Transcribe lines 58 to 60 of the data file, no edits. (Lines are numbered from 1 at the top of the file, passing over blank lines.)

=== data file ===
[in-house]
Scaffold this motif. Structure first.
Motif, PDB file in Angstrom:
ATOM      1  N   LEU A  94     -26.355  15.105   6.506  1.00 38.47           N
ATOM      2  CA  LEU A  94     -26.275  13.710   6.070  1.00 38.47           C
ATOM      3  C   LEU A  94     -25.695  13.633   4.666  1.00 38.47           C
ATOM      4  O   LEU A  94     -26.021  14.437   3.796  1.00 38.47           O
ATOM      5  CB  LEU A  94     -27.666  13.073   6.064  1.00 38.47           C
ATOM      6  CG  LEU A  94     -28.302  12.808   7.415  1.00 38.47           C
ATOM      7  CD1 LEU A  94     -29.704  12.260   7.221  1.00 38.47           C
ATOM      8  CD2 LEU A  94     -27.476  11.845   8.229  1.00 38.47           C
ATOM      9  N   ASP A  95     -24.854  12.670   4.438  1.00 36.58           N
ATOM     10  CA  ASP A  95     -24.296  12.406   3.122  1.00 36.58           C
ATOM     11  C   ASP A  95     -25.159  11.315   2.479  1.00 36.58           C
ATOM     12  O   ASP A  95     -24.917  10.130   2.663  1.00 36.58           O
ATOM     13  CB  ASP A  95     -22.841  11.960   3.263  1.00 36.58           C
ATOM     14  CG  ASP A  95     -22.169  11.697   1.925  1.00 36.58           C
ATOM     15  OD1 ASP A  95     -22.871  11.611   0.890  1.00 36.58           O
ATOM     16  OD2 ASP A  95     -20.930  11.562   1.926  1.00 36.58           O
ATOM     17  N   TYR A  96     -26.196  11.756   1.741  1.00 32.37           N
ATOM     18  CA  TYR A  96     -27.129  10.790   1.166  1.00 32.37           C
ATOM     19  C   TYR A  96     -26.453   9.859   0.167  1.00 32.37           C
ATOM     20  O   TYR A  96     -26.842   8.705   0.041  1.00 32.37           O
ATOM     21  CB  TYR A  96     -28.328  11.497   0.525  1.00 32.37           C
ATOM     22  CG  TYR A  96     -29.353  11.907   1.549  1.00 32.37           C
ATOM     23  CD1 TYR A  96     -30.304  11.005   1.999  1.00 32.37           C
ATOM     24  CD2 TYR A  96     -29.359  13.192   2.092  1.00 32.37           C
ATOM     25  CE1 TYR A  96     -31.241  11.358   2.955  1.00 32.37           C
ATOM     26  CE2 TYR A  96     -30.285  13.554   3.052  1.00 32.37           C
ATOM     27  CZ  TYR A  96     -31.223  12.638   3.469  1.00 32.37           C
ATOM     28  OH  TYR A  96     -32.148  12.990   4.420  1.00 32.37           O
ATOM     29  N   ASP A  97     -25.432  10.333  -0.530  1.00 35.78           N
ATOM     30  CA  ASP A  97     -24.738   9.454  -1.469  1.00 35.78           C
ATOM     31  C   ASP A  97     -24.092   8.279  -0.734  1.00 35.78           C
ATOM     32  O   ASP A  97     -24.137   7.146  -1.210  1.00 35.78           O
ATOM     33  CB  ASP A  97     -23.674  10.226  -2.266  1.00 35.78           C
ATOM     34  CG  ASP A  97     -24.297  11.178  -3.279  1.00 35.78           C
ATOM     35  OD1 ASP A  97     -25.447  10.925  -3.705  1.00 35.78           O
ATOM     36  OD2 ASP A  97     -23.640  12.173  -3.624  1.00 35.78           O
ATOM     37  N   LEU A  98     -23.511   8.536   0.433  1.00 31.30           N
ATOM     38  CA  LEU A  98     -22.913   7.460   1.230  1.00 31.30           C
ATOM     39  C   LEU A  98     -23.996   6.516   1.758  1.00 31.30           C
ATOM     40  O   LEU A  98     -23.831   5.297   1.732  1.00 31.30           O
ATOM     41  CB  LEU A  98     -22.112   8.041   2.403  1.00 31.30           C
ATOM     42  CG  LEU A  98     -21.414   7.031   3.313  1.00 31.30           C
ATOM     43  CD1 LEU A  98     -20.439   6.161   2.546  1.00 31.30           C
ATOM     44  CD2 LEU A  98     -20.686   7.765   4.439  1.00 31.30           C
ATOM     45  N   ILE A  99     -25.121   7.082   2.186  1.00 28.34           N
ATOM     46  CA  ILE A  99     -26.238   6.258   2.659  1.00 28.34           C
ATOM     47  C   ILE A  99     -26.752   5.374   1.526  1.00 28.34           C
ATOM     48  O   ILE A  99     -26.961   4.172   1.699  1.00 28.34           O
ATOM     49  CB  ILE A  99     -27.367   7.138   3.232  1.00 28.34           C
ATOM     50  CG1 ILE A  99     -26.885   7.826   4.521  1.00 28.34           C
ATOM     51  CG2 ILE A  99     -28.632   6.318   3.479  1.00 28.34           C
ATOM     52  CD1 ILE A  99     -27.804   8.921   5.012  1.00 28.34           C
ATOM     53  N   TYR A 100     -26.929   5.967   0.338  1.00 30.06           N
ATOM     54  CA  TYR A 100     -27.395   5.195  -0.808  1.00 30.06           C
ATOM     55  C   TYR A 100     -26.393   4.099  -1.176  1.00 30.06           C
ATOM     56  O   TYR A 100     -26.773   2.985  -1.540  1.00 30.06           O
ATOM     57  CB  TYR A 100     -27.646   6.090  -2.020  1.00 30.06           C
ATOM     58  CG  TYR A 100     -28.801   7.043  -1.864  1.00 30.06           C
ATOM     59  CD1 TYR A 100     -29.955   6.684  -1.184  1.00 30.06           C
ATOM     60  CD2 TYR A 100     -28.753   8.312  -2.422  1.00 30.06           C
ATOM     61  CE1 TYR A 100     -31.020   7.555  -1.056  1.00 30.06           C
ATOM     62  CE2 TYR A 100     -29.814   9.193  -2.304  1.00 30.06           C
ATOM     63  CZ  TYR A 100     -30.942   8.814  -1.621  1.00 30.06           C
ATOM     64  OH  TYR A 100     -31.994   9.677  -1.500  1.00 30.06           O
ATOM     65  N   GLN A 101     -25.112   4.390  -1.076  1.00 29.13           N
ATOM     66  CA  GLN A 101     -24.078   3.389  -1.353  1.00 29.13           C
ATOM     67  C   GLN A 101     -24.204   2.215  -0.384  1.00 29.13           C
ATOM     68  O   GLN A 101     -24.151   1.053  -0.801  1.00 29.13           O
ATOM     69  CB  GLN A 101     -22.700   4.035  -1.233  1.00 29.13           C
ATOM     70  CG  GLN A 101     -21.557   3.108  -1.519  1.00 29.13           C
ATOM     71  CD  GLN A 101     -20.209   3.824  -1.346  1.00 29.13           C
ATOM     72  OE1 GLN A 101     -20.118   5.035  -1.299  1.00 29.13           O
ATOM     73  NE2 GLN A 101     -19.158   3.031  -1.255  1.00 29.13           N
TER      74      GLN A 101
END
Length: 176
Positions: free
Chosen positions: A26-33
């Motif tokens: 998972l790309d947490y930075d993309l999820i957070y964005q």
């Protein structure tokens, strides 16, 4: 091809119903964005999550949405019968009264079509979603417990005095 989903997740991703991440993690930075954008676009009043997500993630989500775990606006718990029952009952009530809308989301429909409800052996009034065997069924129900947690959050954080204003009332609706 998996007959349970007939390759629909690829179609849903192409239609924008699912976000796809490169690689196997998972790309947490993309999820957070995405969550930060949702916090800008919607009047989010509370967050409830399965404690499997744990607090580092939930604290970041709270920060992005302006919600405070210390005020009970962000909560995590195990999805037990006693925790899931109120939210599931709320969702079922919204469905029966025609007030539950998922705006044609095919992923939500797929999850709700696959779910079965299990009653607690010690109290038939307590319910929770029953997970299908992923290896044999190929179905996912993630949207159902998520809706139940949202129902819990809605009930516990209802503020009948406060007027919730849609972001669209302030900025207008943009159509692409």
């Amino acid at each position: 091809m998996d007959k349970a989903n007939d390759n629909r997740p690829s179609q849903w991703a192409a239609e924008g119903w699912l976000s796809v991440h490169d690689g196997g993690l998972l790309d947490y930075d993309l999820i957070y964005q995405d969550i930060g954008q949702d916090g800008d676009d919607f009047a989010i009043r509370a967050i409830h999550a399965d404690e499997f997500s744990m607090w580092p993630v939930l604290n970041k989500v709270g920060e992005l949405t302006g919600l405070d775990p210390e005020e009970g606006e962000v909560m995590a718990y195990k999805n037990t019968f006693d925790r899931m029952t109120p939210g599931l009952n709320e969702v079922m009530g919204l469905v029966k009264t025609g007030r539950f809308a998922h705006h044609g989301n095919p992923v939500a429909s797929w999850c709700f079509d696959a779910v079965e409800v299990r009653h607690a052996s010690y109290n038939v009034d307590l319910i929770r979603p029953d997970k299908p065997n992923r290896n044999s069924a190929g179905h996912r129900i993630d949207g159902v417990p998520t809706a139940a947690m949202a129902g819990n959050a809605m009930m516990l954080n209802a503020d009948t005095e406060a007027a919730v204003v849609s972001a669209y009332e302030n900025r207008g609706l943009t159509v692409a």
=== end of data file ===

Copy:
ATOM     55  C   TYR A 100     -26.393   4.099  -1.176  1.00 30.06           C
ATOM     56  O   TYR A 100     -26.773   2.985  -1.540  1.00 30.06           O
ATOM     57  CB  TYR A 100     -27.646   6.090  -2.020  1.00 30.06           C